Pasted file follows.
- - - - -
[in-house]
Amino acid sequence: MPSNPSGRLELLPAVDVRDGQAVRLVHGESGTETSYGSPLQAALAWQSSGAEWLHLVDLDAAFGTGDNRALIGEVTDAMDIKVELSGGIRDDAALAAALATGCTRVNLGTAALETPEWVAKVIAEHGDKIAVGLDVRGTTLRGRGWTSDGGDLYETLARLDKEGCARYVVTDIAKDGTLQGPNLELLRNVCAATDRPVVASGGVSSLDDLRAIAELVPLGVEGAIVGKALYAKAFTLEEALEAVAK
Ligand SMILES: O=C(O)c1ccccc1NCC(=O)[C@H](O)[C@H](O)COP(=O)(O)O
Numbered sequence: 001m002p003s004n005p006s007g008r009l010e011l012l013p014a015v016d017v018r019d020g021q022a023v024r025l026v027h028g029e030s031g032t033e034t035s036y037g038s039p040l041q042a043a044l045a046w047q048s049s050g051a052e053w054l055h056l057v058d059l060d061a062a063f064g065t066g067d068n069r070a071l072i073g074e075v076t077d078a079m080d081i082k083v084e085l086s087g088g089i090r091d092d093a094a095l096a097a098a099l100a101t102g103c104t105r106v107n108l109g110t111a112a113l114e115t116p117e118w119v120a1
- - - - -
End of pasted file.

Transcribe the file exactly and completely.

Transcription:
[in-house]
Amino acid sequence: MPSNPSGRLELLPAVDVRDGQAVRLVHGESGTETSYGSPLQAALAWQSSGAEWLHLVDLDAAFGTGDNRALIGEVTDAMDIKVELSGGIRDDAALAAALATGCTRVNLGTAALETPEWVAKVIAEHGDKIAVGLDVRGTTLRGRGWTSDGGDLYETLARLDKEGCARYVVTDIAKDGTLQGPNLELLRNVCAATDRPVVASGGVSSLDDLRAIAELVPLGVEGAIVGKALYAKAFTLEEALEAVAK
Ligand SMILES: O=C(O)c1ccccc1NCC(=O)[C@H](O)[C@H](O)COP(=O)(O)O
Numbered sequence: 001m002p003s004n005p006s007g008r009l010e011l012l013p014a015v016d017v018r019d020g021q022a023v024r025l026v027h028g029e030s031g032t033e034t035s036y037g038s039p040l041q042a043a044l045a046w047q048s049s050g051a052e053w054l055h056l057v058d059l060d061a062a063f064g065t066g067d068n069r070a071l072i073g074e075v076t077d078a079m080d081i082k083v084e085l086s087g088g089i090r091d092d093a094a095l096a097a098a099l100a101t102g103c104t105r106v107n108l109g110t111a112a113l114e115t116p117e118w119v120a1